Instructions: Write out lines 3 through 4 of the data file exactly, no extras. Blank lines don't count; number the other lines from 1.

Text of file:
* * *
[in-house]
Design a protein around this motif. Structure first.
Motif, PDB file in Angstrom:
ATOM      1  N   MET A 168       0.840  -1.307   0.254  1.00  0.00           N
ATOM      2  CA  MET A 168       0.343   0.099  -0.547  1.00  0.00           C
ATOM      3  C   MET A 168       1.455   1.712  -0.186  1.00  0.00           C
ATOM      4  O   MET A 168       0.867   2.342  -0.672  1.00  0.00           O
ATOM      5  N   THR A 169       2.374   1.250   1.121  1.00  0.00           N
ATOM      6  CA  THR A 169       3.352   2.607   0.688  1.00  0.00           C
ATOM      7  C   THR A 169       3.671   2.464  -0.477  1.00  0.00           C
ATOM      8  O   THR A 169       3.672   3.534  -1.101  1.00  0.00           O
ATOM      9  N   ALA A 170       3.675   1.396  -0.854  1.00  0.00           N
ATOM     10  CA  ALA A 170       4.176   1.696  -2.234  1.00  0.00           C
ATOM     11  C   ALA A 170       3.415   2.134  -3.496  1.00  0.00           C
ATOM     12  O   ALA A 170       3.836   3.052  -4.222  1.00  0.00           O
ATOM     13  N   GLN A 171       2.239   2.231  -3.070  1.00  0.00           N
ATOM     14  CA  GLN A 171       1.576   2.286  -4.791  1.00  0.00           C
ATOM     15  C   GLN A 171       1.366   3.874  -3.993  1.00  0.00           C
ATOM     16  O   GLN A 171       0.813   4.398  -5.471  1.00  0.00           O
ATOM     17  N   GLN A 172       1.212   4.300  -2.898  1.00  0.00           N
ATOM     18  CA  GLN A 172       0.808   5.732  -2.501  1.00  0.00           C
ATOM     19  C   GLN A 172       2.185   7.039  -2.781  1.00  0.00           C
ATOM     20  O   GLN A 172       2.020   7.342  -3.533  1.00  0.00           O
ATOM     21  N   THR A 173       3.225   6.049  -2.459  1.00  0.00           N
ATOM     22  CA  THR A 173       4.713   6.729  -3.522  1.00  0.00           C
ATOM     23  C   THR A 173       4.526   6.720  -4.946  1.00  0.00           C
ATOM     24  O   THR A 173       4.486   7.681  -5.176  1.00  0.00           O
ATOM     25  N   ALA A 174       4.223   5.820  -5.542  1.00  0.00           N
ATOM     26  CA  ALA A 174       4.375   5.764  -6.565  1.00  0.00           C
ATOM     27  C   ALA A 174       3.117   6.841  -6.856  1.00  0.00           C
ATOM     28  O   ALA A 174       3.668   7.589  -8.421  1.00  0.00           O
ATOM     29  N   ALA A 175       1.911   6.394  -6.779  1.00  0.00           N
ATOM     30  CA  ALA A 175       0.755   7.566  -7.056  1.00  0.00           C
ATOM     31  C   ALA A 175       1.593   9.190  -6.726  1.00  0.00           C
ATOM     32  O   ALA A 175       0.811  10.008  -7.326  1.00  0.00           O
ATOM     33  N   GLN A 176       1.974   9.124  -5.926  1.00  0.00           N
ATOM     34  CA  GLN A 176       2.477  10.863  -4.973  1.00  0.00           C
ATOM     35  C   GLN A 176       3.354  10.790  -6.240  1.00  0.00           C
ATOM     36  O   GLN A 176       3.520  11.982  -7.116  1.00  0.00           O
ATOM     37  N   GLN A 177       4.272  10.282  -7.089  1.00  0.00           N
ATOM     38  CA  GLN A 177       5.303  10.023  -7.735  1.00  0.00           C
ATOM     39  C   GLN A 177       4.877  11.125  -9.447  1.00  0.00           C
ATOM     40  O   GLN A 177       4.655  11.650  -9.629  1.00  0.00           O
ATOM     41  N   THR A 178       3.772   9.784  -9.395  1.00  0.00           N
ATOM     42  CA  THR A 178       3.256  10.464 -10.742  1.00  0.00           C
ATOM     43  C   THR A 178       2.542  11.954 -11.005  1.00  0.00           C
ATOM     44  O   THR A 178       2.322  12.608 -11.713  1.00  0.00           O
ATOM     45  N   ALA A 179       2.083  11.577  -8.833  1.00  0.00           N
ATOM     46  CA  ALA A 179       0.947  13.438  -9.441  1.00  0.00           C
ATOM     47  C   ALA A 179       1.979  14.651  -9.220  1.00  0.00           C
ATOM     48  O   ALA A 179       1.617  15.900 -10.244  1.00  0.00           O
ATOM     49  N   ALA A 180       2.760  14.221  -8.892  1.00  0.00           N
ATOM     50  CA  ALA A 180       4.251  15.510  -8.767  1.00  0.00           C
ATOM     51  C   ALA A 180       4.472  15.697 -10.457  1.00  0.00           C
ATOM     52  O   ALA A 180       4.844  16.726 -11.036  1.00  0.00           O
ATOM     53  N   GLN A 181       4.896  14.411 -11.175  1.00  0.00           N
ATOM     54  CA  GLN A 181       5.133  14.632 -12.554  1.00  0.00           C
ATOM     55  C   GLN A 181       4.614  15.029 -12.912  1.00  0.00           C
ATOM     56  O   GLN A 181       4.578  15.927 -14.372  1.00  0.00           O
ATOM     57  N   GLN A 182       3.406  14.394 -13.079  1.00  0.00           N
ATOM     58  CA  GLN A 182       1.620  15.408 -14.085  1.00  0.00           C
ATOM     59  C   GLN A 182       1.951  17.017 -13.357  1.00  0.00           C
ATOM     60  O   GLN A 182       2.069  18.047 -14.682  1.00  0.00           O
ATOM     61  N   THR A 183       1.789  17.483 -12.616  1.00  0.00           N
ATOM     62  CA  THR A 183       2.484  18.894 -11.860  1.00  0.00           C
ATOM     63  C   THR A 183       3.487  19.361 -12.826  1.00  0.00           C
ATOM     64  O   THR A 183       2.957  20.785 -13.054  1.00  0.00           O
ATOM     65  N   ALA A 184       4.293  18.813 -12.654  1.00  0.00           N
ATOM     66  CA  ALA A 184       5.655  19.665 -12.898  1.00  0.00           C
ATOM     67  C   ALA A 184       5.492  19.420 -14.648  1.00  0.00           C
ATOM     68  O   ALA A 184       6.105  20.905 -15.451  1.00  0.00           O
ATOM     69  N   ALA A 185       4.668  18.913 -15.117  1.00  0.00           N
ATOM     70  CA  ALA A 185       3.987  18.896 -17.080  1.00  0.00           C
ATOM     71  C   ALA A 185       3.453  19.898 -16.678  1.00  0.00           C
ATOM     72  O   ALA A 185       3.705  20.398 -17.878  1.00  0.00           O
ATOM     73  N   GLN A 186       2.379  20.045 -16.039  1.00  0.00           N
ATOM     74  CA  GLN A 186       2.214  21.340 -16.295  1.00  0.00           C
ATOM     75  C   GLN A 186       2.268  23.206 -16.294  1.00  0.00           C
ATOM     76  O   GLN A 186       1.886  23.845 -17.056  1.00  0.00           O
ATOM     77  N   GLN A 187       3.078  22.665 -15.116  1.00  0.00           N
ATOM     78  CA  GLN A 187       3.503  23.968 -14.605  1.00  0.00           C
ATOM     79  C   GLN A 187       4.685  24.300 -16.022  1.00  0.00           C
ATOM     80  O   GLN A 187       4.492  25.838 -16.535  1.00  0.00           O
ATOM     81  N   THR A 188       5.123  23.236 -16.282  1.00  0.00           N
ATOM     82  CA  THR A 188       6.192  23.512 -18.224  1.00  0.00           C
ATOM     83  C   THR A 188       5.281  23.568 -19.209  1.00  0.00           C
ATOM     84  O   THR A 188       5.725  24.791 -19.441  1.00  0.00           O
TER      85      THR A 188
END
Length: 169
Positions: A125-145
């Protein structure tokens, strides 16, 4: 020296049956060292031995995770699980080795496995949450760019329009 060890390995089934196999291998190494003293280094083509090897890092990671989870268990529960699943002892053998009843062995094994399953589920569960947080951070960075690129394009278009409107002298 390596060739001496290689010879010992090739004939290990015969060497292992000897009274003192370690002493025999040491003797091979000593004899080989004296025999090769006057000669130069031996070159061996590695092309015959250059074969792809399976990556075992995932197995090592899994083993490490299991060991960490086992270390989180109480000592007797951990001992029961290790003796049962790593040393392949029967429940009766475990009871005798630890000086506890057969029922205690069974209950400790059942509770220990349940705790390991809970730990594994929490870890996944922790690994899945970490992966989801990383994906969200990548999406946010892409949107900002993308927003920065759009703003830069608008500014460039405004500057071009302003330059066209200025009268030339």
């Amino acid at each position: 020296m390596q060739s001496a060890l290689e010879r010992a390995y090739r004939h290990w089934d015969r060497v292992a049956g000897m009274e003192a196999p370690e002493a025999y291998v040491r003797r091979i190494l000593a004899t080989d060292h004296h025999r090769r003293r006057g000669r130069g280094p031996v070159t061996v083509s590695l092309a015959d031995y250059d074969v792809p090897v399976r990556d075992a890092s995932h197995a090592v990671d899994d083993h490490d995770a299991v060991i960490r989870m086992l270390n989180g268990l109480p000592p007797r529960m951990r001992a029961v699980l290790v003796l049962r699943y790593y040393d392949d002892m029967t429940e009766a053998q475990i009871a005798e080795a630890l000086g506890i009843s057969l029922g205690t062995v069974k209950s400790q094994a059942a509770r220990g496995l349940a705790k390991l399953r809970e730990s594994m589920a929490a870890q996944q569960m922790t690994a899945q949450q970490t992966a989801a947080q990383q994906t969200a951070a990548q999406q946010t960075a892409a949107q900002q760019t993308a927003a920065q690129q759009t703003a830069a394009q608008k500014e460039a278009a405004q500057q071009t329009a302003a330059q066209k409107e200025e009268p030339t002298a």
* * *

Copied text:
Motif, PDB file in Angstrom:
ATOM      1  N   MET A 168       0.840  -1.307   0.254  1.00  0.00           N